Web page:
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About the Book
Art Clues on...
Vlad Dracula
Richard III
Henry VIII
Anne Boleyn
Anne of Cleves
Mary Queen of Scots
Elizabeth I
Louis XIV
Peter the Great
Marie Antoinette
Napoleon Bonaparte
Catherine the Great
George III

Art Detectives

Elizabeth: Forever young
Elizabeth with fan Painting the queen was serious business. Painters had to have a license to paint her and their work was often thrown away if it did not meet Elizabeth's approval. For this reason, she commissioned very few artists to paint her portrait and used those selected works as the master for all artists to copy. Because artists were often copying younger depictions of the queen, very few paintings show Elizabeth's true age. At one point, Elizabeth even had images showing her older self destroyed. It was not entirely due to vanity that Elizabeth was so careful of her image on canvas. She needed her portraits to show her as a strong, yet chaste, "virgin queen" married to her kingdom. This was an age where women were positively dried up at the age of 35. No one must ever doubt that the queen still held the reigns of England steady in her aging hands.

It's also important to remember that very few people would ever meet the queen in person, but they could hang a copied painting on their walls. In an age where we are bombarded with images of our leaders from internet, print and tv media, we take for granted that portraits were often a queen's only chance for public exposure.

A close up of the eyes and ears on Elizabeth's dress from the Rainbow portrait (above).

As powerful propaganda messages, these portraits contained symbols of the monarch's reign. Elizabeth is often shown wearing pearls or holding a white ermine, both symbols of her virginity. In other paintings, she has eyes and ears covering her dress to show that she was constantly watching her enemies. You wouldn't want to mess with a queen who had a thousand eyes and ears on her dress!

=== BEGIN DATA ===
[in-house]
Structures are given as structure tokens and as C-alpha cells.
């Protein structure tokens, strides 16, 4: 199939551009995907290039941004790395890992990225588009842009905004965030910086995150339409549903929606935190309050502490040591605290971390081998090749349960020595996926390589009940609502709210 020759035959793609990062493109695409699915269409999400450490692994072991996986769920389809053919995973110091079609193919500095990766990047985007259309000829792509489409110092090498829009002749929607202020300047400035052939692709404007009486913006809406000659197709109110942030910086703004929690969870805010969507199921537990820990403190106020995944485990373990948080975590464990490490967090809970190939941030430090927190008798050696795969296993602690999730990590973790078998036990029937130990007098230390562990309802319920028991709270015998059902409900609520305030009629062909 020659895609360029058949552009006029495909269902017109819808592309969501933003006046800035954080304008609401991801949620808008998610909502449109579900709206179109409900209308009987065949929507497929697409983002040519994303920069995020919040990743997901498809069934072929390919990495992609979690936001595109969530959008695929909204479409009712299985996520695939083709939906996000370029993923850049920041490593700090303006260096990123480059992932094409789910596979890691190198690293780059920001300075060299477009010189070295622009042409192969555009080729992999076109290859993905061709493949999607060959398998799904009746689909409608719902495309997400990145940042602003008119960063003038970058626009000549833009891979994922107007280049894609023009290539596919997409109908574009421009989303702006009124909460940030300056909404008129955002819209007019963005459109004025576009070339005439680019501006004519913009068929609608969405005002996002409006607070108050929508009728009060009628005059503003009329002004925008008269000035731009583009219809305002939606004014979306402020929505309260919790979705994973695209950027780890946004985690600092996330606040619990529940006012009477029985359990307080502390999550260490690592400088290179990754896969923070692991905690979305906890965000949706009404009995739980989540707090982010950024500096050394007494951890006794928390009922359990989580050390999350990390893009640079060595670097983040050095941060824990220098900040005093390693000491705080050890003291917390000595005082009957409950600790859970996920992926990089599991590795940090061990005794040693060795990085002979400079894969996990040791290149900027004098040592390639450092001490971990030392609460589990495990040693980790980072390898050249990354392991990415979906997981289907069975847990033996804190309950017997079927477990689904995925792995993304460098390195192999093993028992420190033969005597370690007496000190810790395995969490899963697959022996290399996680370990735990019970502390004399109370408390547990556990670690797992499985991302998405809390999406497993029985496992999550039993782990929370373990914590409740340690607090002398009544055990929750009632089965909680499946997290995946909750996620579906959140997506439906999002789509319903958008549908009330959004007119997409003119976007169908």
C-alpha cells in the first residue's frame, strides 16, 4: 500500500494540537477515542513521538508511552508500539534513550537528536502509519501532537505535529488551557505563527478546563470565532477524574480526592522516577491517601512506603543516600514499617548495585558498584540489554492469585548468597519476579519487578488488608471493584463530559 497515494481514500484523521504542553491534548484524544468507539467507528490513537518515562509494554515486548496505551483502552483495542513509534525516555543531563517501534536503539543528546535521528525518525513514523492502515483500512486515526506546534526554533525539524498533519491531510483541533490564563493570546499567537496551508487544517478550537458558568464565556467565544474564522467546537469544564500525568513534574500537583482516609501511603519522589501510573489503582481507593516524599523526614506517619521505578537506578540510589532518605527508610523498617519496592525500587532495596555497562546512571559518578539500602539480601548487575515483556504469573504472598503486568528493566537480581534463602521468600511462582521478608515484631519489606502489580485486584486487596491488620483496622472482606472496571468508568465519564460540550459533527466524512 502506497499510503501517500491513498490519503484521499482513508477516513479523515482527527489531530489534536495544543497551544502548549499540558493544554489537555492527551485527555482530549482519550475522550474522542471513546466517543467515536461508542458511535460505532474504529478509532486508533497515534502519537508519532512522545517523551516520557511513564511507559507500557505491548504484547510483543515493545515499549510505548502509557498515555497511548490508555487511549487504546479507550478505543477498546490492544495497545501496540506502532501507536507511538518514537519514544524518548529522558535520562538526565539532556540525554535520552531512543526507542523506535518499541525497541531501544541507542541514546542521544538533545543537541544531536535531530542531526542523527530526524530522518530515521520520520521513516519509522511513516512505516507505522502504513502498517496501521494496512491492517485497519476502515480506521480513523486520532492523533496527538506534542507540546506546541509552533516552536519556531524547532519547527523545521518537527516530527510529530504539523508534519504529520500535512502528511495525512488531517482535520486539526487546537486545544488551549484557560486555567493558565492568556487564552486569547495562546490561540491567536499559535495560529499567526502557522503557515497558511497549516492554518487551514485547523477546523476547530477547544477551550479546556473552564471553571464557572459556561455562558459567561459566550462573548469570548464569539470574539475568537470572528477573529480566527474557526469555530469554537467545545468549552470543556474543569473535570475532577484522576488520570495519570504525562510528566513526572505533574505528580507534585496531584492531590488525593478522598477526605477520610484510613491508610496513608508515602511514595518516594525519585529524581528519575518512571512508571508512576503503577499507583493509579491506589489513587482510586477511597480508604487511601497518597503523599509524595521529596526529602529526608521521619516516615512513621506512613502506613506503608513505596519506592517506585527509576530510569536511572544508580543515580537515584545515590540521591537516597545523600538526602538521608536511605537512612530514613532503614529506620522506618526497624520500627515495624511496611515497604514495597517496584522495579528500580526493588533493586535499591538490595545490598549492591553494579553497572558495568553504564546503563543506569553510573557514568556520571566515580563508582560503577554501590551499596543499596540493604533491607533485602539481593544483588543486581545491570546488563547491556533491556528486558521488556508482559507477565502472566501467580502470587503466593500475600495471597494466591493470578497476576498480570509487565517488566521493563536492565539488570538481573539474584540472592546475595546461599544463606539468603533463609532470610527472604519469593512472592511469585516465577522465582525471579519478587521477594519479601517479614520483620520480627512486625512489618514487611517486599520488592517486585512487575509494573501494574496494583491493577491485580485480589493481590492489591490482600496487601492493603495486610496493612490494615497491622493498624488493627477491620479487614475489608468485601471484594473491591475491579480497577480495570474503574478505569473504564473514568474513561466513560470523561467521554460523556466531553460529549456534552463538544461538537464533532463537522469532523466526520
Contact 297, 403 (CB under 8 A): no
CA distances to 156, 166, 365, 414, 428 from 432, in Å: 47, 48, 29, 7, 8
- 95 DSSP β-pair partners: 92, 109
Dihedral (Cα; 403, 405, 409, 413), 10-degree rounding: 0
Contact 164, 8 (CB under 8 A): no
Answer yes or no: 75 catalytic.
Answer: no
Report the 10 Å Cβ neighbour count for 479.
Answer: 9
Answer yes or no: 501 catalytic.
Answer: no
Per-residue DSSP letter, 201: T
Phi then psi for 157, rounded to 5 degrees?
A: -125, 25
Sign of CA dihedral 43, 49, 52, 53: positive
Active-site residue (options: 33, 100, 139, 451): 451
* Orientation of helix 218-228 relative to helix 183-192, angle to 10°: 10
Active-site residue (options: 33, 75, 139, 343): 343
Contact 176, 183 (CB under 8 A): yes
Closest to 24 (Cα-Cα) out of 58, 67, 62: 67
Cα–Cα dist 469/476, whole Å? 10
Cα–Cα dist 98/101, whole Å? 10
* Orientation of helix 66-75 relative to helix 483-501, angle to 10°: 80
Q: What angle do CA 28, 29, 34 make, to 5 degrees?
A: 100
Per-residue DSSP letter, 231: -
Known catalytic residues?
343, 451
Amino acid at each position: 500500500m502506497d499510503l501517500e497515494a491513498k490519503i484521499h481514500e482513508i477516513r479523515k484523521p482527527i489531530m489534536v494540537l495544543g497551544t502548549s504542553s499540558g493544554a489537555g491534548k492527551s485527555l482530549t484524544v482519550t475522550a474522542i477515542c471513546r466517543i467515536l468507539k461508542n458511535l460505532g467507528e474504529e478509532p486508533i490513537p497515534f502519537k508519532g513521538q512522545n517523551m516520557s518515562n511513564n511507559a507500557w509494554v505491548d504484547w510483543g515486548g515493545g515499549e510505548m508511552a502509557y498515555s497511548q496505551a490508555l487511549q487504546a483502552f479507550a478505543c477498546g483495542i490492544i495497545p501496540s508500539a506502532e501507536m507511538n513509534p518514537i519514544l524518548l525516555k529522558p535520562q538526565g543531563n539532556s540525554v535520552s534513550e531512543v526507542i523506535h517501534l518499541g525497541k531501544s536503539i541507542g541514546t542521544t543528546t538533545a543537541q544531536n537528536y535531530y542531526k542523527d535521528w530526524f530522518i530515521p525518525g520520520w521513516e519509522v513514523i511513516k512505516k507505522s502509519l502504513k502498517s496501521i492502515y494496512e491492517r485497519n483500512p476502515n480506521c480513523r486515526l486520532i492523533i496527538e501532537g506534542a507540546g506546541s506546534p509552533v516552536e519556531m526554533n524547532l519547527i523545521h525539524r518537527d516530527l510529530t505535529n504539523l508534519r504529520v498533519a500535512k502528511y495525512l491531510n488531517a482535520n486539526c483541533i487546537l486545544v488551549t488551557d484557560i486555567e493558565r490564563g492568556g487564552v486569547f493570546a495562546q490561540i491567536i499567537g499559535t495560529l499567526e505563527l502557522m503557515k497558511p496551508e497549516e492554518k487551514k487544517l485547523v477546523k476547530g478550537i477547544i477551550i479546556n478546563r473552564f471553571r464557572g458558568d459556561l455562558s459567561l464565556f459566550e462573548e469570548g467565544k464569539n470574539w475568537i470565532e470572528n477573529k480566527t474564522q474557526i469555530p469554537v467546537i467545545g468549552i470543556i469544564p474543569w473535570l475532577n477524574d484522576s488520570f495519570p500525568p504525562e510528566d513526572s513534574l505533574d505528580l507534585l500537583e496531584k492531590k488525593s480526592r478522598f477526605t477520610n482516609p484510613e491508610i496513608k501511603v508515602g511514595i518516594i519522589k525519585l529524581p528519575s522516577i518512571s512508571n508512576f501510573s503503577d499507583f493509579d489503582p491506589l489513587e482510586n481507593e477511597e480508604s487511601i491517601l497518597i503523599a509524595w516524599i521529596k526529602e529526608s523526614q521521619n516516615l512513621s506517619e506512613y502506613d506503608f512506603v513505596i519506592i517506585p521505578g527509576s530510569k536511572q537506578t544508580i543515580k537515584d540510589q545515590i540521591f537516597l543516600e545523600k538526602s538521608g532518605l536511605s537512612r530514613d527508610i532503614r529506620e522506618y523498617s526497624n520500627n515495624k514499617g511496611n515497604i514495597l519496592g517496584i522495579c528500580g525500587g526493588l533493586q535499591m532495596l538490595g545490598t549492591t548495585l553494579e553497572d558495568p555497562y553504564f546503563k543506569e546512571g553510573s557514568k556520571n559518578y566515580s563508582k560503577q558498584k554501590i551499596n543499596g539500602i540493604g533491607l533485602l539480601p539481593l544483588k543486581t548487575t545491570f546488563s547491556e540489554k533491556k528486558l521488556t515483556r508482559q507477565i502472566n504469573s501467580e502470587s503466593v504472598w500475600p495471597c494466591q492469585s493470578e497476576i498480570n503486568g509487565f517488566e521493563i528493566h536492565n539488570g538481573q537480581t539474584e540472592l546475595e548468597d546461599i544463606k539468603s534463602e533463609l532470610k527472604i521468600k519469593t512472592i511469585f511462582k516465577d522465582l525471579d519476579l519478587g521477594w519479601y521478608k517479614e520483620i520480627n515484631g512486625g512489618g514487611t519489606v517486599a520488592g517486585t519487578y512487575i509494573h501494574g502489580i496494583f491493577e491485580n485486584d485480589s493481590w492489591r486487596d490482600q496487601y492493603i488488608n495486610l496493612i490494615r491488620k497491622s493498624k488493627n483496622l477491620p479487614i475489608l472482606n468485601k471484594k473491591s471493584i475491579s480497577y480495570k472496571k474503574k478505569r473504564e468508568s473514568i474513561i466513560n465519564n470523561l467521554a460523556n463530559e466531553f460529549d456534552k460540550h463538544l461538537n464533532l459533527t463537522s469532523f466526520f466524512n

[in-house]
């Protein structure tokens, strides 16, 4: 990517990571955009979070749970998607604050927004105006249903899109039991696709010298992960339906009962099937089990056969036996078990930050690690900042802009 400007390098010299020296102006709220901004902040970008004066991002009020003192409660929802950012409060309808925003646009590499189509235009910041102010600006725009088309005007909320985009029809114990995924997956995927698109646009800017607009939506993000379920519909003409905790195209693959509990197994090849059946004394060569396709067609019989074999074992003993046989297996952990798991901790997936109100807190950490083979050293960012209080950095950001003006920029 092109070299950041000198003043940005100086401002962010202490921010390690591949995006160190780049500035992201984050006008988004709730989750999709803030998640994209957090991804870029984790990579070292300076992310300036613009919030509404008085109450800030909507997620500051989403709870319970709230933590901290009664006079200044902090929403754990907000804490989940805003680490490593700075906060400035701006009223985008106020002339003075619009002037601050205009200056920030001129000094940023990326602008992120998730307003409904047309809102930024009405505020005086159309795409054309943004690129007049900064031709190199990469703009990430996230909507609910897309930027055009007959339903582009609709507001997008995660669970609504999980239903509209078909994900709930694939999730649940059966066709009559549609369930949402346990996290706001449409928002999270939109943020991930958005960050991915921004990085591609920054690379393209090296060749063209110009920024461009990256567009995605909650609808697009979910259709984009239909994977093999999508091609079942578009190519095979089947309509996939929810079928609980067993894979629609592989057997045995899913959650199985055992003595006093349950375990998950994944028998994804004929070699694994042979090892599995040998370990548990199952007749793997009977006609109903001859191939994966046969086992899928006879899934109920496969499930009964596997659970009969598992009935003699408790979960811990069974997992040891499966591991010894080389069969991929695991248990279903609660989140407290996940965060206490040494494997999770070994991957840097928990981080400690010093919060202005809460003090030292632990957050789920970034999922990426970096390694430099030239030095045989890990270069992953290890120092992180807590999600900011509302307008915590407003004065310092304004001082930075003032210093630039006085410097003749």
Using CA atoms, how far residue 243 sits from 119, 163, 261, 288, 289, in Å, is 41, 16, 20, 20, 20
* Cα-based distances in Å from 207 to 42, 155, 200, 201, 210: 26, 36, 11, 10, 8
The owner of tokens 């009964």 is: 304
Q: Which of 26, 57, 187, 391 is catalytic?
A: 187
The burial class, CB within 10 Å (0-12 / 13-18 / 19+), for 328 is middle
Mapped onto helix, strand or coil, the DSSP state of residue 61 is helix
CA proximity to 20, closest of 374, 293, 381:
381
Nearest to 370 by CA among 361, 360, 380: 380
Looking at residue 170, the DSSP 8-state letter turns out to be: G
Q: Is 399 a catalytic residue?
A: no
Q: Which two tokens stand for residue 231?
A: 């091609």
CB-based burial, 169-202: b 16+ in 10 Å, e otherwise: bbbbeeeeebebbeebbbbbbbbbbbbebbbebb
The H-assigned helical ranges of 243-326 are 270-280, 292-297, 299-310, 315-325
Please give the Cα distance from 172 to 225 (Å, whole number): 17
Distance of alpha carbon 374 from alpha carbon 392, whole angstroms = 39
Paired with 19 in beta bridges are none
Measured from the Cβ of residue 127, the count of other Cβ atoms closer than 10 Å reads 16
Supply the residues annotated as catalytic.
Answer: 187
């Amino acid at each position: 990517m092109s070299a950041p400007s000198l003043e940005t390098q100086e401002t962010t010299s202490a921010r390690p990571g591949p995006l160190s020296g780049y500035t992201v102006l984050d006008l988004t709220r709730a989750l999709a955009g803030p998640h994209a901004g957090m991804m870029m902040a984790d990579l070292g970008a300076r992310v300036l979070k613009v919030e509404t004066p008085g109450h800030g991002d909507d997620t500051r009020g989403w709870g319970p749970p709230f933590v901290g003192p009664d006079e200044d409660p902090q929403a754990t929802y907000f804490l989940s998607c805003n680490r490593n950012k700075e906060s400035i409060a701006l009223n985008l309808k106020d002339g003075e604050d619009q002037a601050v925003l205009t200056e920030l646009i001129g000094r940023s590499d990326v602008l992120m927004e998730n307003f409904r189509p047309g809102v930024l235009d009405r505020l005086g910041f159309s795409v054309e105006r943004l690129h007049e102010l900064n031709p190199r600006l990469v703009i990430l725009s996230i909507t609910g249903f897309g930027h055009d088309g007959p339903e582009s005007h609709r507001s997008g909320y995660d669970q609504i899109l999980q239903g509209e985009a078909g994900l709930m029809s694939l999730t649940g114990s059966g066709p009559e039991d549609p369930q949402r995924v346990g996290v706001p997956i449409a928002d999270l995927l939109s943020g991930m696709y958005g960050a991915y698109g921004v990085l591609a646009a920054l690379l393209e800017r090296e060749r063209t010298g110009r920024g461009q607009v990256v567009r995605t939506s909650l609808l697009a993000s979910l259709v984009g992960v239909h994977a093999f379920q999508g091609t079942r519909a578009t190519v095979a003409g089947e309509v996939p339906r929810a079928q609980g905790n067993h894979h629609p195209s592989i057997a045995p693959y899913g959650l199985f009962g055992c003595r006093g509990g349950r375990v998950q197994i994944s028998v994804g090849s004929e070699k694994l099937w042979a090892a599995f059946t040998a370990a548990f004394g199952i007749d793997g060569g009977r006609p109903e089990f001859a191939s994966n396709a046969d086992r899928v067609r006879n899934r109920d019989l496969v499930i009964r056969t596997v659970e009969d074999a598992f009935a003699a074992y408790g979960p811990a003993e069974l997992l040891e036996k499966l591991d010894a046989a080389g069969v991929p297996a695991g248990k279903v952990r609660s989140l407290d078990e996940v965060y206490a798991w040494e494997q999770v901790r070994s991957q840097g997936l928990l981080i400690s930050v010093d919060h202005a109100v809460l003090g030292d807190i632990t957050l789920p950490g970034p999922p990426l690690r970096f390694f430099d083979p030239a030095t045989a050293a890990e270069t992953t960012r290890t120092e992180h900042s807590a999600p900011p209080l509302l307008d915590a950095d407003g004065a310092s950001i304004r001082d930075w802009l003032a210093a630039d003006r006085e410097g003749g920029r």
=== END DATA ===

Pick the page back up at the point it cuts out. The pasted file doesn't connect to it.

Elizabeth's Favorite Things
On page 38 of The Raucous Royals, the mouse is wearing the crown that Elizabeth wore at her coronation. Seen here

Elizabeth with fanOn page 36, Elizabeth is shown holding a feathered fan. Elizabeth loved presents, but she let it be known that her favorite gift was a feathered fan. In many of Elizabeth's portraits she is seen holding a fan made of ostrich or peacock feathers. Marie Antoinette later also used feathered plumes in her hair to give her royal dos towering heights.


Elizabeth's pottage

Princess Elizabeth

There are only two paintings that historians can say for certain depict Elizabeth as a teenager. Read More about the recent discovery of a painting once believed to be Lady Jane Grey>>

Elizabeth's pottage

Breakfast of Champions

Elizabeth often ate succory porridge or "pottage" for breakfast. Succory tastes like dandelions and was used to flavor beef or mutton.

To make your own succory porridge boil the following ingredients in a big pot and enjoy: Mutton or Beef, Water, Violet leaves, Endive, Succory, Strawberry leaves, Spinach, marigold flowers , Scallions, Parsley, Oatmeal.

Elizabeth the Heartbreaker

Why did Elizabeth never marry? Read more about Elizabeth and her favorite bachelors>>
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